Since 1963, China has been constantly dispatching medical teams to Africa. Currently, nearly 1,000 medical personnel from 46 medical teams have treated over 230 million local patients at 100 sites in 45 African countries.

Since 2015, China has established twinning relations with 46 hospitals in 41 African countries, aiming to train local medical specialists and enhance specialised medical services. It has also dispatched short-term medical expert groups to over 40 African countries to provide free clinic services.

It has also launched maternal and child health demonstration projects relying on Chinese medical teams and China-aided hospitals, and assisted African countries in upgrading modern medical and healthcare infrastructure.

In the field of public health, China actively helps African countries respond to various infectious diseases and major public health crises.

Especially since the outbreak of the Covid-19 pandemic in 2020, China and Africa have continued to provide mutual support, setting a fine example for international cooperation against Covid-19.

Overall, China’s health assistance to and cooperation with African countries mainly focus on promoting the provision of medical services, engaging in health workforce cooperation and improving access to essential medicines. However, there is relatively less cooperation in providing health financing, strengthening health information systems and enhancing the capacity-building of partner countries in health governance.

In light of the new situations and challenges faced by African countries and the WHO’s definition of healthcare systems, China and Africa can deepen and expand their cooperation in the following areas to make new contributions to the building of a China-Africa community of health for all.

First, deepen cooperation in public health systems between China and Africa. This can be achieved through participating in the construction of the Africa centre for disease control, supporting the African Union and individual African countries in establishing robust mechanisms for major epidemic prevention and control, and public health emergency management systems.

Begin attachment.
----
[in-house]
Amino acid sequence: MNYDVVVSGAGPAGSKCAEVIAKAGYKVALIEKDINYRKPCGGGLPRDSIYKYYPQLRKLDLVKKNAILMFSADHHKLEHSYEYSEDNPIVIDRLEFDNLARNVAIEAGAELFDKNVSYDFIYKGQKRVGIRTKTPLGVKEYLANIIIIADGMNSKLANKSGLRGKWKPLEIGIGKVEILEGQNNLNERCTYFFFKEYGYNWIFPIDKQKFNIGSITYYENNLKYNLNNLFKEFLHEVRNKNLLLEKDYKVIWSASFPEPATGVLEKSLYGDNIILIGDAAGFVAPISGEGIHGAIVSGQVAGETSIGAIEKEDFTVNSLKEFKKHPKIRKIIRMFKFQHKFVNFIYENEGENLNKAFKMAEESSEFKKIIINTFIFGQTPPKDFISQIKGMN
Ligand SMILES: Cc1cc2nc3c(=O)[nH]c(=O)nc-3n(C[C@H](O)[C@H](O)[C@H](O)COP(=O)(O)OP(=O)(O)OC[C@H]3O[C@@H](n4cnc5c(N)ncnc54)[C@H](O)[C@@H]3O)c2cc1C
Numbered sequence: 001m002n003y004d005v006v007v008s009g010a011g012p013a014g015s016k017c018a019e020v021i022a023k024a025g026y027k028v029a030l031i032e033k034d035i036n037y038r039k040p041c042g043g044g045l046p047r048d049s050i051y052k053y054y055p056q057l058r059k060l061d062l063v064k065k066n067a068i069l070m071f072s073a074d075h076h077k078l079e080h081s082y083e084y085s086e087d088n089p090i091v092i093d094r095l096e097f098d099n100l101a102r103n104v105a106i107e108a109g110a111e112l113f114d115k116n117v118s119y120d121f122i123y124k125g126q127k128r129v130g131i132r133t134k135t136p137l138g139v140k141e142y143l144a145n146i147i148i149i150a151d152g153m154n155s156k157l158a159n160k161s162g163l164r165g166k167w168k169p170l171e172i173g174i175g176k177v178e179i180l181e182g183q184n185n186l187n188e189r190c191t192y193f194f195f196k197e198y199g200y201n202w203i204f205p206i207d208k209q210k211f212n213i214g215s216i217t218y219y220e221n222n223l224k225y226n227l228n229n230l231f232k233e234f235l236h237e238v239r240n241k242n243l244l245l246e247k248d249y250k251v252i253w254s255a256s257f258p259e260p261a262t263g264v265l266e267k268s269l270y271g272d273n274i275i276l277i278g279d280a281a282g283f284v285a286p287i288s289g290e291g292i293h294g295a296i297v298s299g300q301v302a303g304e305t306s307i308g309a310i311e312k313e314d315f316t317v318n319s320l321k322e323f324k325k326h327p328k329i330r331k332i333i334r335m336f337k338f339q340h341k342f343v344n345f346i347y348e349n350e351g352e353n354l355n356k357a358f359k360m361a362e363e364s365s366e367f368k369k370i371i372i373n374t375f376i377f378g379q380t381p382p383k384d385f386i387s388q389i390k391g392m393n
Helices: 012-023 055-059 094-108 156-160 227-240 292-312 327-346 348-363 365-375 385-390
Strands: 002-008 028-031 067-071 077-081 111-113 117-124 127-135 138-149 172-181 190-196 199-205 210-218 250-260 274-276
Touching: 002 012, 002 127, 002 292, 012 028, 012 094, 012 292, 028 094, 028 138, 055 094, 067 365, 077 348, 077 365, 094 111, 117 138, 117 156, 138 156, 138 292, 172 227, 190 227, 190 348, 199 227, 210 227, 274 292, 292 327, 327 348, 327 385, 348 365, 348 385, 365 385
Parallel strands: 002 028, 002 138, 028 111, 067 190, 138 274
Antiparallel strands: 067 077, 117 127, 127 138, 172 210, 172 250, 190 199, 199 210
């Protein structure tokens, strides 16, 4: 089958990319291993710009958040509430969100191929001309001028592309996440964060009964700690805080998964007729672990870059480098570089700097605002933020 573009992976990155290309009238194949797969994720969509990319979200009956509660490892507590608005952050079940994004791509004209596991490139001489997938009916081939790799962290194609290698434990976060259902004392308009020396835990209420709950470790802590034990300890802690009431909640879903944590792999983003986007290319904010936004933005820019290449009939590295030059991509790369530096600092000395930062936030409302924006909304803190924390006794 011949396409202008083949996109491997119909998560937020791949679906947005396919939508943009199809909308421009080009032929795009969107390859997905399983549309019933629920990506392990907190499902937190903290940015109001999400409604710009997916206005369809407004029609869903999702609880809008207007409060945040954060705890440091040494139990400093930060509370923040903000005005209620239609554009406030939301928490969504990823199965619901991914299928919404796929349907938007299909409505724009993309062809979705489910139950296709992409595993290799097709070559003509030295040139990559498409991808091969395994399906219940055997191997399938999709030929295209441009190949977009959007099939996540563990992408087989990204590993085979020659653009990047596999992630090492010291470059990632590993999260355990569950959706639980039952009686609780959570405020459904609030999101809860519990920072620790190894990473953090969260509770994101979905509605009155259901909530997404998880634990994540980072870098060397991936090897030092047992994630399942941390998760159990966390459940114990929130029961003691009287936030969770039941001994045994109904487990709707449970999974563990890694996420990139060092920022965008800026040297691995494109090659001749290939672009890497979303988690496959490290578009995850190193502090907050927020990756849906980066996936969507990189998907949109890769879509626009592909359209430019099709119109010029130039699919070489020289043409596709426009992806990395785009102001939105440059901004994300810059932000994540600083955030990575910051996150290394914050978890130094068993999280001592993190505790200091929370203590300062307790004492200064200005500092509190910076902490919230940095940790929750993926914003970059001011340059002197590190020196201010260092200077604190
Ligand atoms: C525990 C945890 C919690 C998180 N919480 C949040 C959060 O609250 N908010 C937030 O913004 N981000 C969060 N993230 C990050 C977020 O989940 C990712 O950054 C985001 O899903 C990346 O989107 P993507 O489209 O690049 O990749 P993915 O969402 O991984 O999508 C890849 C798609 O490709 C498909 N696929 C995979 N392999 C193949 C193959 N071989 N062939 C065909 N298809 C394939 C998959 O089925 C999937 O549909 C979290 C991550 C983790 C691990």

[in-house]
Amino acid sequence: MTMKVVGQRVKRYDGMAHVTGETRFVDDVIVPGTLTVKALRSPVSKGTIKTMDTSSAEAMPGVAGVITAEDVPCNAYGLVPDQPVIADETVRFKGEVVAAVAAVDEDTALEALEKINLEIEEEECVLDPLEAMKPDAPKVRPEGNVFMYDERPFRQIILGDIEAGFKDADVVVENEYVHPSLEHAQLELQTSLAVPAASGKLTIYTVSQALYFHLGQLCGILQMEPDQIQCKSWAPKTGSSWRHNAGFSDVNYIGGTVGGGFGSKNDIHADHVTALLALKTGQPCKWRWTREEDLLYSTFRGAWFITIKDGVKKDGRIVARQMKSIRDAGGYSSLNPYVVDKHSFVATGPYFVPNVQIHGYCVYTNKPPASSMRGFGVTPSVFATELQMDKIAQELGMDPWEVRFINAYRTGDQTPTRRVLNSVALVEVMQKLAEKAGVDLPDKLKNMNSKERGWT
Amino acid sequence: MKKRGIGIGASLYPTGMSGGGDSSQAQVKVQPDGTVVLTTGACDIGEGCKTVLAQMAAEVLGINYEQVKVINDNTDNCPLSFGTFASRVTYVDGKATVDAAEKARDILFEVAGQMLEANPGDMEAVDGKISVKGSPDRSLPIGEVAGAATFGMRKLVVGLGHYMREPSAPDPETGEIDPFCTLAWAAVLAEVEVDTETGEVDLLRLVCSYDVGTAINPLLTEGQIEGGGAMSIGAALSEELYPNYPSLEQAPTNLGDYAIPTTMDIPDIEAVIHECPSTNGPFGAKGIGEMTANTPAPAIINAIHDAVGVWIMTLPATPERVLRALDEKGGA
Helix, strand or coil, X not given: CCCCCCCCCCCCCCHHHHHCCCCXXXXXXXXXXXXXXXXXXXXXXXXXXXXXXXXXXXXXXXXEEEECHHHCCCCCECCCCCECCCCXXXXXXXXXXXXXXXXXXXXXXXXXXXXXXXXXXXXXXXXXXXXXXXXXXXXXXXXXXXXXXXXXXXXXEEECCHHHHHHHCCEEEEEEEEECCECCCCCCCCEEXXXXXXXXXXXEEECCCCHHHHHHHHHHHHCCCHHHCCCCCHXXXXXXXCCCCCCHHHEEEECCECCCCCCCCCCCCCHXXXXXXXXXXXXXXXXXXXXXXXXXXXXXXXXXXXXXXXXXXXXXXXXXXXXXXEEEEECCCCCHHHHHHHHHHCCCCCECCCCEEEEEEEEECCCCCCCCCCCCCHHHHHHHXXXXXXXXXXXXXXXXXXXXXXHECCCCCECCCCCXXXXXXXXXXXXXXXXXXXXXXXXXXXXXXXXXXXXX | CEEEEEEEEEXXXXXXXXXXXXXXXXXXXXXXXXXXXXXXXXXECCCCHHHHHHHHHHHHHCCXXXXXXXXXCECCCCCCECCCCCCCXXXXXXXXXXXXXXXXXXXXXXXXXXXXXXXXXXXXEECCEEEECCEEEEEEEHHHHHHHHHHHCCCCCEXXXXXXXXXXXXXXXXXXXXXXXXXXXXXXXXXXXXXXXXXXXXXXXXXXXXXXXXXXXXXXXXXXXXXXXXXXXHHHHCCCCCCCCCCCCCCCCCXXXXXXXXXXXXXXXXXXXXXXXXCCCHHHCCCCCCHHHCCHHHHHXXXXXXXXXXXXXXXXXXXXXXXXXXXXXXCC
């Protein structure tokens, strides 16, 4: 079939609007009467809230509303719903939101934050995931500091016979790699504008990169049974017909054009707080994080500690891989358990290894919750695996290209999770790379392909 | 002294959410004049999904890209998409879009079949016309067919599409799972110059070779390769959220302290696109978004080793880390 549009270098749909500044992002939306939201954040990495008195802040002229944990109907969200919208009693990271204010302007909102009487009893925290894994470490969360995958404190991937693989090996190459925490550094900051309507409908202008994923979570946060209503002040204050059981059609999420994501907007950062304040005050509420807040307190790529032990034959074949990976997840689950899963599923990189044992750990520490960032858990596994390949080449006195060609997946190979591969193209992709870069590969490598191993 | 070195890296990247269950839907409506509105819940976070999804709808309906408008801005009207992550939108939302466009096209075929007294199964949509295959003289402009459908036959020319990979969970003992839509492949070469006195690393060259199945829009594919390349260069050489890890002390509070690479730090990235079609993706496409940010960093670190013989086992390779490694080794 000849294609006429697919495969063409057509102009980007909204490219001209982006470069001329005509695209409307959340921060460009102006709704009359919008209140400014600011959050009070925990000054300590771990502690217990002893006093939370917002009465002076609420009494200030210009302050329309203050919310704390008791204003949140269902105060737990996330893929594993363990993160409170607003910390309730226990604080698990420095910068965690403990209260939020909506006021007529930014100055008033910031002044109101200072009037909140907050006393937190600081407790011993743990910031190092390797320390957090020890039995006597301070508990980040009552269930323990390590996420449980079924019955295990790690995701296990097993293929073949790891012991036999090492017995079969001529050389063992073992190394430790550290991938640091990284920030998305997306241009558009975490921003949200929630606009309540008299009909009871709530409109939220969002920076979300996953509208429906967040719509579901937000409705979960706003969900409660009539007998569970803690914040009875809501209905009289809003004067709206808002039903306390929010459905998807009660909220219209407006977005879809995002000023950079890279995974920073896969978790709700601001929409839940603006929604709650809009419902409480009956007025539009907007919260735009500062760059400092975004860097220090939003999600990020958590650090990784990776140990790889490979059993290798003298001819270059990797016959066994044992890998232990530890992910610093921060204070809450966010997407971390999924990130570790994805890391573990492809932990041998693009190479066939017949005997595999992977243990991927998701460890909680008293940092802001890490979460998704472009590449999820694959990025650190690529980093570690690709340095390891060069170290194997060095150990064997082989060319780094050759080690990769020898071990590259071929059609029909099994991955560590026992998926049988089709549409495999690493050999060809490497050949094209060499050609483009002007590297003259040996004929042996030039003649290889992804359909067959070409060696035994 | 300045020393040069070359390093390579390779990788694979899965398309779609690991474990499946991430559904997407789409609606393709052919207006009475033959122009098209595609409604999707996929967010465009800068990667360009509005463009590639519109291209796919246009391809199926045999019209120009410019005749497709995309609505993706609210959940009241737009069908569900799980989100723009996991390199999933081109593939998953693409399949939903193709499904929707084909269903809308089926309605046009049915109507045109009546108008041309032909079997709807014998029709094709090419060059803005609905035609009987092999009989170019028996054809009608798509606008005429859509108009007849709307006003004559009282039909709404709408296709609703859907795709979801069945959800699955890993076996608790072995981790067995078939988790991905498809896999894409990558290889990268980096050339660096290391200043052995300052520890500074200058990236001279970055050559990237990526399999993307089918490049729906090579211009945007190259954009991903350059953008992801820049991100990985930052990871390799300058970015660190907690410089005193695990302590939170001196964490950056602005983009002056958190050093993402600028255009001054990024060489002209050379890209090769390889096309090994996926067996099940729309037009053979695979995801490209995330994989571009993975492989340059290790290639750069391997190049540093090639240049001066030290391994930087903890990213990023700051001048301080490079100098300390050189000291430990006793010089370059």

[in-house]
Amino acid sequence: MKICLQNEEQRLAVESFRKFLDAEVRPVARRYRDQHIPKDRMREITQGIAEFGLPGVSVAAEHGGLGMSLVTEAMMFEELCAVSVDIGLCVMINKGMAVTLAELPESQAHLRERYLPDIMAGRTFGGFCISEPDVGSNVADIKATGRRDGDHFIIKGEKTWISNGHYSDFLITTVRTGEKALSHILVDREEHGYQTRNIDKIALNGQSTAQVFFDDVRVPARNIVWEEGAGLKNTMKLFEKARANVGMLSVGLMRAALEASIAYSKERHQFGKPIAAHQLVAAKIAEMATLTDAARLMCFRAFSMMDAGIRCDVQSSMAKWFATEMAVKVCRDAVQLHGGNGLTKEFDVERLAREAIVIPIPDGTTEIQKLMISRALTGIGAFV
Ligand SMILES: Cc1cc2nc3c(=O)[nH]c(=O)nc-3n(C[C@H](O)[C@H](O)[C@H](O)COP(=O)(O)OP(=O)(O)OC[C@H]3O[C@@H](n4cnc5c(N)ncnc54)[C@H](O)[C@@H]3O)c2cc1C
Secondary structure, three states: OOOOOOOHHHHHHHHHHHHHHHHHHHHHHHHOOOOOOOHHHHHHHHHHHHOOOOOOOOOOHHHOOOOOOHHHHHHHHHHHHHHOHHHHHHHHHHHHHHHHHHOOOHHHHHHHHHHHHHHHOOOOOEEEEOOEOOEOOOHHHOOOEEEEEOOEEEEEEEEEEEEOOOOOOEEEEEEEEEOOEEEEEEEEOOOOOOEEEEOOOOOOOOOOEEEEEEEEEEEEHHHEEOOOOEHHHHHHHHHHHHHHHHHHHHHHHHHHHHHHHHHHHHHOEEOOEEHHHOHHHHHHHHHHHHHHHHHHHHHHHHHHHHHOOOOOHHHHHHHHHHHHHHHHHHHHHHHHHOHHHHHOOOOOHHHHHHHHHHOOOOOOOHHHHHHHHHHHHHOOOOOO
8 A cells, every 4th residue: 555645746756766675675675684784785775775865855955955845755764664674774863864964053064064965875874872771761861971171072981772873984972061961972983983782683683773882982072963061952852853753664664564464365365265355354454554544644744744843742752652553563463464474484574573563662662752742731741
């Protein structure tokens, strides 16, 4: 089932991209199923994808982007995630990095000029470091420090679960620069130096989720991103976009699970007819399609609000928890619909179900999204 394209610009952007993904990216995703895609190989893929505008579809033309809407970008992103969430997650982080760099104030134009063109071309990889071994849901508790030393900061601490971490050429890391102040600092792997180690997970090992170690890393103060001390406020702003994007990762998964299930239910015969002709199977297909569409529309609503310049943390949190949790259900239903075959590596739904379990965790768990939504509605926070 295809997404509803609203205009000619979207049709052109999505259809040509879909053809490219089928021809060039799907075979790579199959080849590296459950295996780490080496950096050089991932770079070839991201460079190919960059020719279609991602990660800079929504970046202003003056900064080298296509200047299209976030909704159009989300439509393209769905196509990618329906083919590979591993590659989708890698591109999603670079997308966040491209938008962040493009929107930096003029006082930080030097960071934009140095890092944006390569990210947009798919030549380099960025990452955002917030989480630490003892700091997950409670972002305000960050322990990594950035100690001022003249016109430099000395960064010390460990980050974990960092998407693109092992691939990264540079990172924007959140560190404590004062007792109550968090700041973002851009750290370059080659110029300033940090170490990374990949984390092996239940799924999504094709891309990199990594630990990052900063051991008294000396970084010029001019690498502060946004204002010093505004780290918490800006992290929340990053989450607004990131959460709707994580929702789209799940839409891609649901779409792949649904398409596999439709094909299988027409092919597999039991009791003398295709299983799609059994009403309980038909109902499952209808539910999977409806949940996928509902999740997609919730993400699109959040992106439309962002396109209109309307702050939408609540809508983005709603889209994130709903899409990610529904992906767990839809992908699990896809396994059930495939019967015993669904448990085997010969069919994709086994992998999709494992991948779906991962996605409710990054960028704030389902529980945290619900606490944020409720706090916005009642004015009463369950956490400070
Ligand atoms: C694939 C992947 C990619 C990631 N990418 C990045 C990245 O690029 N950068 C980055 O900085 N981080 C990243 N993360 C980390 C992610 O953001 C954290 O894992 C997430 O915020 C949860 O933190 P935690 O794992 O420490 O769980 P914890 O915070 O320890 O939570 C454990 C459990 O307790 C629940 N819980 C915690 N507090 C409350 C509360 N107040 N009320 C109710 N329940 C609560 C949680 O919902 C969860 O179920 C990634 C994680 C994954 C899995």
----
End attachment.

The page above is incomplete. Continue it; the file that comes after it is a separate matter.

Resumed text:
Additionally, China and Africa should coordinate and integrate relevant medical assistance resources, conduct joint research on the prevention and control of major infectious diseases in Africa, implement relevant prevention and control plans, and effectively improve the overall health of the population in the region.

Secondly, promote the sharing and coordinating of health information between China and Africa.

The Covid-19 pandemic has highlighted the urgent need for health informationisation in developing countries, and the rapid development of communication networks in Africa in recent years has made the above mentioned cooperation possible.

China can provide appropriate products, technologies and services to meet the real needs of Africa. By employing mobile health, telehealth and other methods, we can move diagnosis, treatment and other offline activities online; bring high-quality medical resources to the grassroots level; and effectively improve primary healthcare in Africa.

Thirdly, expand partnerships and enhance global discourse power. It is suggested to strengthen practical trilateral and multilateral cooperation with international organisations, international development partners, and domestic civil society organisations, leveraging more international resources to support South-South health cooperation.

At the same time, China and Africa should fully utilise multilateral mechanisms and platforms to contribute their wisdom and experience to the setting of relevant global health agendas, formulation of rules and establishment of technical standards, thus enhancing the global discourse power of both sides. — China Daily/ANN

Tian Muye is an assistant research fellow with the Institute of West-Asian and African Studies, Chinese Academy of Social Sciences. The views expressed are the writer’s own.